Nechung

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Nechung Monastery
Nechung Chok.JPG
Tibetan name
Tibetan གནས་ཆུང་དགོན།
Wylie transliteration gnas-chung lcog
official transcription (PRC) Naiqung Gönba
Chinese name
traditional 乃琼寺
Nechung is located in Tibet
Nechung
Nechung
Location within Tibet
Coordinates: 29°40′17″N 91°3′21″E / 29.67139°N 91.05583°E / 29.67139; 91.05583
Monastery information
Location Doilungdêqên County, Lhasa Municipality, Tibet, China
Type Tibetan Buddhist
Sect Gelug
Lineage Seat of the State Oracle of Tibet.

Nechung Monastery, Nechung Gompa (Tibetan: གནས་ཆུང་དགོན་པ།Wylie: gnas-chung lcog, ZYPY: Naiqung Gönba) or Nechung Chok (Tibetan: གནས་ཆུང་དགོན།, ZYPY: Naiqung Jog "the small dwelling", Chinese: 乃琼寺), is the seat of the State Oracle of Tibet.

It is also referred to as Sungi Gyelpoi Tsenkar, the "Demon Fortress of the Oracle King."[1]

The main temple of Nechung monastery, with pillar or doring (rdo ring), 2 insense burners and 2 stone lions behind, before 1950
Maine temple in 2006

It is about 10 minutes walk down from Drepung Monastery, and was the residence of the three-headed, six-armed Pehar, the chief protector of the Gelugs (Yellow Hat sect) and the seat of the State Oracle or Nechung Oracle.[2] It is medium-sized temple which used to house about a hundred monks.[3]

History and functions[edit]

It was the seat of State Oracle until 1959 when he fled with the Dalai Lama to India who now lives in exile in Dharamsala, India. The Dalai Lamas traditionally always consulted him before making an important decision.[4]

It was the residence of the Protector Pehar, a deity of the Horpas, who lived to the east of (Lake) Kokonor. According to tradition, he is held to have been originally brought to Samye Monastery by Padmasambhava who bound him to protect the dharma.[5] An alternative story is that he was brought back by a Bon general, Tara Lugong, who took possession of the meditation school near Kanchow of the Bhaţa Hor, a tribe of Uighurs, about the end of the 8th century CE. Pehar was regarded as the guardian deity of the treasures of Samye Monastery and, later, as the 'protector of religion'.[6]

Nechung, Tibet.JPG

During the time of Lobsang Gyatso, the Fifth Dalai Lama (r. 1642-1682), Pehar was first moved from Samye to Tse Gugtang and then to the present site of Nechung Monastery.[7]

Although the State Oracle is a Nyingma monk, he has been adopted by the Gelugpas and is now chosen for his receptivity to possession by Pehar during trance.[8] He is considered to be the medium of Dorje Drakden, one of Pehar's aspects.[9]

When the State Oracle is possessed by Pehar, he becomes very agitated, with tongue lolling, bloodshot eyes and displays superhuman strength, lifting heavy weights, twisting swords, etc. He mumbles words which are recorded and then interpreted by monks and also blesses grain which is thrown to the crowd.[10][11]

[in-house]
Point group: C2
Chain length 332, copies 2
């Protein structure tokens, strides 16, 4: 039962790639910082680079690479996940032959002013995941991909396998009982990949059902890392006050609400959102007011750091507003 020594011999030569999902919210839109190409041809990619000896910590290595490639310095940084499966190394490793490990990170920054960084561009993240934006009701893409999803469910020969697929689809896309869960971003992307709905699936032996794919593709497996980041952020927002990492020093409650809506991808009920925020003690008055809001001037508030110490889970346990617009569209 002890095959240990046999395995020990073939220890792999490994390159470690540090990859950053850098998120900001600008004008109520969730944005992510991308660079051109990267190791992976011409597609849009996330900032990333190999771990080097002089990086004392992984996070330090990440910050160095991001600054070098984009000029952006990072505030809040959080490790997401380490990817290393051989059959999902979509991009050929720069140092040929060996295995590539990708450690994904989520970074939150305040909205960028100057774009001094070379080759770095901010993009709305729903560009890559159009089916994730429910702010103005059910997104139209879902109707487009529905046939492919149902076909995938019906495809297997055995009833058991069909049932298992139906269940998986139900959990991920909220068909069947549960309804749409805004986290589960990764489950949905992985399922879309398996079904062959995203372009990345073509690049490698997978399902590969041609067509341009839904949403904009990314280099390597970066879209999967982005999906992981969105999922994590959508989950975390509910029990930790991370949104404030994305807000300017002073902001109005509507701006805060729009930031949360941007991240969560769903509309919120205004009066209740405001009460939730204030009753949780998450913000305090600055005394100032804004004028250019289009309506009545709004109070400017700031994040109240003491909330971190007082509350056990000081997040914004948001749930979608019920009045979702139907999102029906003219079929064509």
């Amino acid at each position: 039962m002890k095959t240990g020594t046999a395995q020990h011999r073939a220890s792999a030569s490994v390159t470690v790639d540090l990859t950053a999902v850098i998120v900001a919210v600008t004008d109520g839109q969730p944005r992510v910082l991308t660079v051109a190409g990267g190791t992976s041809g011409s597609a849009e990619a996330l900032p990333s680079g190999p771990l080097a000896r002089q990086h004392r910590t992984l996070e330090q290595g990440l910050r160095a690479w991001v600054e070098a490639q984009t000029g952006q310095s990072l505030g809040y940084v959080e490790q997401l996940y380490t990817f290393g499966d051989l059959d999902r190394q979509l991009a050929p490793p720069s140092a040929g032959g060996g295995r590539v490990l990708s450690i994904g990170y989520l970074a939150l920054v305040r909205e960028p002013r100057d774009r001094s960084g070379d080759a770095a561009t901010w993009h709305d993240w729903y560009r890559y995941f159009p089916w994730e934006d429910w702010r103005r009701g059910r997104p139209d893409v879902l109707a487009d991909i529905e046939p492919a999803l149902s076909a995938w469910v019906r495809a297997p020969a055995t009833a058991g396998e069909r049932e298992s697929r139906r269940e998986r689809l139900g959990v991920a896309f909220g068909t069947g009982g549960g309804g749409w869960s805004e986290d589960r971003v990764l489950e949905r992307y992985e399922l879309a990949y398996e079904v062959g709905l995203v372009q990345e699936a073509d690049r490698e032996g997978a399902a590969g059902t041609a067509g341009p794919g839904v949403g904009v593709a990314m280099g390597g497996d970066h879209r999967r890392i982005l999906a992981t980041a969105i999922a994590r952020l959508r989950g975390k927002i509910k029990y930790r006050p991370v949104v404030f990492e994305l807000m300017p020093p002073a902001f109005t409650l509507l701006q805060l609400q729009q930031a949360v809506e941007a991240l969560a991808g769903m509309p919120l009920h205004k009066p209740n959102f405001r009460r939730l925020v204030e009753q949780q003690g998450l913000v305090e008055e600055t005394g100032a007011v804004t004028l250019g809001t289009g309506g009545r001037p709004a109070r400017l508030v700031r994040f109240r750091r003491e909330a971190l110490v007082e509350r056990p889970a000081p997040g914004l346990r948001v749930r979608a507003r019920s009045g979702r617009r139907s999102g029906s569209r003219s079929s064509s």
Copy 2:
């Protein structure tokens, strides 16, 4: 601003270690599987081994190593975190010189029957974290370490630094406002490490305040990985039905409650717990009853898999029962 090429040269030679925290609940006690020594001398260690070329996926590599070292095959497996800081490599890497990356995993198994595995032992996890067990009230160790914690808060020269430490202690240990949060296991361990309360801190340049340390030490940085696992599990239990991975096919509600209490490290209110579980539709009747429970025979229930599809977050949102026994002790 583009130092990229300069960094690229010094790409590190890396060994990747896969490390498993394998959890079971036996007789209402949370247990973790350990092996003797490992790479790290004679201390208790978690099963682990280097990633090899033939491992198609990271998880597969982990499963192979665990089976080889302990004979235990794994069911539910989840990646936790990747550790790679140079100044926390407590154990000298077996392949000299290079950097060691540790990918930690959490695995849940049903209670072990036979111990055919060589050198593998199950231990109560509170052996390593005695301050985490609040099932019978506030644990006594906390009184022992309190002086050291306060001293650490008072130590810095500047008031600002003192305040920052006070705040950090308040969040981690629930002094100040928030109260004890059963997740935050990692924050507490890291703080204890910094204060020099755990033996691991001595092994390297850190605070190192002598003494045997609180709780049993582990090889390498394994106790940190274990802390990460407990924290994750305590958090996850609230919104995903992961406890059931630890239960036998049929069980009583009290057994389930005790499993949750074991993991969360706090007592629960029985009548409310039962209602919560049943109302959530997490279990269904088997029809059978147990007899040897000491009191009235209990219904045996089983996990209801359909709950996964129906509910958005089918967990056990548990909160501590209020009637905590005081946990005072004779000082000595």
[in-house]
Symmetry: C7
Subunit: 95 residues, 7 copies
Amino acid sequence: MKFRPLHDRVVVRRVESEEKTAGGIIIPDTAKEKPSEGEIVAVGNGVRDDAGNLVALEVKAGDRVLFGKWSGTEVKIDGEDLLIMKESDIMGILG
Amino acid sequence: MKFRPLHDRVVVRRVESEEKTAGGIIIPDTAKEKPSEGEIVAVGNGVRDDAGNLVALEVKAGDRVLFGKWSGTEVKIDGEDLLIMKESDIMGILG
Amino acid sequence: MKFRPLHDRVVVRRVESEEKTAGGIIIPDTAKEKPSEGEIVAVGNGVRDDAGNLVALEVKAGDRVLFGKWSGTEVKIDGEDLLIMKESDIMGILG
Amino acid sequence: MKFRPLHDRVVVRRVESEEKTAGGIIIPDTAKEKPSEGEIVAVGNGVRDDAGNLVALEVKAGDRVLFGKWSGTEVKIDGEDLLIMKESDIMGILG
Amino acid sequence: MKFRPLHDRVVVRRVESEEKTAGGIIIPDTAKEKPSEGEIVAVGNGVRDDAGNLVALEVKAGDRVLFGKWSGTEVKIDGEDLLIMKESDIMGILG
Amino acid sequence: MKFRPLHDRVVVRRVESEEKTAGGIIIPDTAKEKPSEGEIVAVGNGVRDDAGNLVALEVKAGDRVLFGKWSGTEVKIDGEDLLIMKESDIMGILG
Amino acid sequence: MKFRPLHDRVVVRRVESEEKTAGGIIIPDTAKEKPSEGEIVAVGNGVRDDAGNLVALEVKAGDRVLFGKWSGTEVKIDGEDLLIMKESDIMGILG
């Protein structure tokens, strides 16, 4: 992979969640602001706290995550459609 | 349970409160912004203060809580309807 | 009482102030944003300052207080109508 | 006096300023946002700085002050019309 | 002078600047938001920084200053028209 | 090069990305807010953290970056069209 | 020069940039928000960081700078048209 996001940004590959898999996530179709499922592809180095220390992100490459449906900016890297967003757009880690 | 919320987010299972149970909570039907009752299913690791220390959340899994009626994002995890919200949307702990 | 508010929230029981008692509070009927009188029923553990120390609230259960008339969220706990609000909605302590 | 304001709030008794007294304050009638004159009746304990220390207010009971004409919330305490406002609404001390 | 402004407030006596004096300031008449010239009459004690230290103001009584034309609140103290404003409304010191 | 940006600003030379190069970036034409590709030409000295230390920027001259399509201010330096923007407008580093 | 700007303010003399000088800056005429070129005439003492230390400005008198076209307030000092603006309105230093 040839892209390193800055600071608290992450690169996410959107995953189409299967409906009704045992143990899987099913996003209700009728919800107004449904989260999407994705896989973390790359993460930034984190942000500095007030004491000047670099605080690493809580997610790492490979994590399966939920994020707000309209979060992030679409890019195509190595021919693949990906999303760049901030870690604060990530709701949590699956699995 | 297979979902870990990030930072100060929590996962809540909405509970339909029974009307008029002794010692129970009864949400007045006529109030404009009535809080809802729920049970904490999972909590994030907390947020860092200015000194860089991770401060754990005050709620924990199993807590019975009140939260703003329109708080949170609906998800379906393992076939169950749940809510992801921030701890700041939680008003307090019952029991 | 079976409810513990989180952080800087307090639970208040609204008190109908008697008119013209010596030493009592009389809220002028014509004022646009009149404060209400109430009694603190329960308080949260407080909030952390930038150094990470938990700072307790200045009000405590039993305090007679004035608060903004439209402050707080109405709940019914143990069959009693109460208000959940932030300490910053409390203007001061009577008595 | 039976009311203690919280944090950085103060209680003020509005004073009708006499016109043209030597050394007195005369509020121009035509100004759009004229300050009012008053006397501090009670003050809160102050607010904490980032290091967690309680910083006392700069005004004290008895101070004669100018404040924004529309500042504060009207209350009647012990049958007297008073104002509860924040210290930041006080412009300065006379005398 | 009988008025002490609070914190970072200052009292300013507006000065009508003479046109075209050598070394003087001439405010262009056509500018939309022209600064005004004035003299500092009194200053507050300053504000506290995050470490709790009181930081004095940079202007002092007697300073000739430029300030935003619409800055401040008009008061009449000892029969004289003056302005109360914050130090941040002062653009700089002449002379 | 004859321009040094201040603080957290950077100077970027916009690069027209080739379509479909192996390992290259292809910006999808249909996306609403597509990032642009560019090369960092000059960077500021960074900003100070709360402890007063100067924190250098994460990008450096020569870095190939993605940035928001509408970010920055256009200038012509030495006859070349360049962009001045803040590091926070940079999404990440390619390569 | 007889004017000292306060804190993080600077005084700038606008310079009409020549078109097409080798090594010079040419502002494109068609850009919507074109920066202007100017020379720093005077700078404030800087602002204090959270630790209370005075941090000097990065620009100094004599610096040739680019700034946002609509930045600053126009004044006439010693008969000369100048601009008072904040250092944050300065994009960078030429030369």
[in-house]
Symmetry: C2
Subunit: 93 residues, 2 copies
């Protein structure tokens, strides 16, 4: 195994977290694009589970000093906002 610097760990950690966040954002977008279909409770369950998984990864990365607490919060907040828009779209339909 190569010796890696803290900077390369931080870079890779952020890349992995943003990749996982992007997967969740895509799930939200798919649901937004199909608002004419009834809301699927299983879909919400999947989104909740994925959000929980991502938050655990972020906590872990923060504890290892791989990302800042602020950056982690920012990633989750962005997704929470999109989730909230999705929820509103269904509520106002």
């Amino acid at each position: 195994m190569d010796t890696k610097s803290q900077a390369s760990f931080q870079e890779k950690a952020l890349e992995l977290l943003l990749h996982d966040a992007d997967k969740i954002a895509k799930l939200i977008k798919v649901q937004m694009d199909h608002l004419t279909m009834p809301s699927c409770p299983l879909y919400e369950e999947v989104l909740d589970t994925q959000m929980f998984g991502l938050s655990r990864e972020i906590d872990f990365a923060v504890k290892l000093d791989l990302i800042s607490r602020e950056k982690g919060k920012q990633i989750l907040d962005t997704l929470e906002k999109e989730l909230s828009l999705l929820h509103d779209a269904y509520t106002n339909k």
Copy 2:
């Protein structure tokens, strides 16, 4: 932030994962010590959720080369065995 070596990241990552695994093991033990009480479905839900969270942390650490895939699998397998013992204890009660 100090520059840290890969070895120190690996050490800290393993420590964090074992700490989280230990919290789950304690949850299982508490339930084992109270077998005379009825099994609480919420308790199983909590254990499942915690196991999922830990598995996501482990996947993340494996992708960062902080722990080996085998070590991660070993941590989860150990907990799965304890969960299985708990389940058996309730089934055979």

Prayer wheels at Nechung Chok, Lhasa

Unlike most Central Asian shamans, who are thought to leave their bodies when in a trance-like state and travel to the land of the spirits from where they bring back messages, Tibetan oracles act "as a mouthpiece for the gods or spirits who possess him and speak through him, very often without his own knowledge of what is being said, answering directly the questions of those who consult him." The tradition of oracles was inherited from the pre-Buddhist religion of Tibet, Bön. The "great" Fifth Dalai Lama was "the first to institutionalise the State Oracle of Nächung."[12]

Nechung was almost completely destroyed during the Cultural Revolution and annexation of Tibet by China, though now, it has been largely restored and there is a huge new statue of Guru Rinpoche (Padmasambhava) on the second floor.[13] There is a college of debate to the east of Nechung which is once again attended by young students.

A new Nechung Monastery has been built in Dharamsala, India.[14]

Nechung, 2013

Footnotes[edit]

  1. ^ Dowman (1988), pp. 66-67.
  2. ^ Mayhew and Kohn (2005), p. 22.
  3. ^ Chapman (1940), p. 201.
  4. ^ Prince Peter (1979), pp. 51-56.
  5. ^ Dowman (1988), p. 67.
  6. ^ Stein (1972), pp. 68, 189.
  7. ^ Dowman (1988), p. 67.
  8. ^ Dowman (1988), p. 67.
  9. ^ Mayhew and Kohn (2005), p. 22.
  10. ^ Stein (1972), pp. 187-188.
  11. ^ Chapman (1940), p. 317.
  12. ^ Prince Peter (1979), p. 52.
  13. ^ Mayhew and Kohn (2005), p. 22.
  14. ^ Osada et al (2000), p. 83.

References[edit]

  • Chapman, F. Spencer. (1940) Lhasa: The Holy City. Readers Union Ltd., London.
  • Dowman, Keith (1988). The Power-places of Central Tibet: The Pilgrim's Guide. Routledge & Kegan Paul, London. ISBN 0-7102-1370-0.
  • Mayhew, Bradley and Kohn, Michael. Tibet. (2005). Lonely Planet Publications. ISBN 1-74059-523-8.
  • (H.R.H. Prince) Peter of Greece and Denmark. (1979). "Tibetan Oracles." The Tibet Journal, Vo. 4, No. 2, Summer 1979, pp. 51–56.
  • Osada et al. (2000). Mapping the Tibetan World. Yukiyasu Osada, Gavin Allwright, and Atsushi Kanamaru. Reprint: 2004. Kotan Publishing, Tokyo. ISBN 0-9701716-0-9.
  • Stein, R. A. (1972). Tibetan Civilization. Stanford University Press.

External links[edit]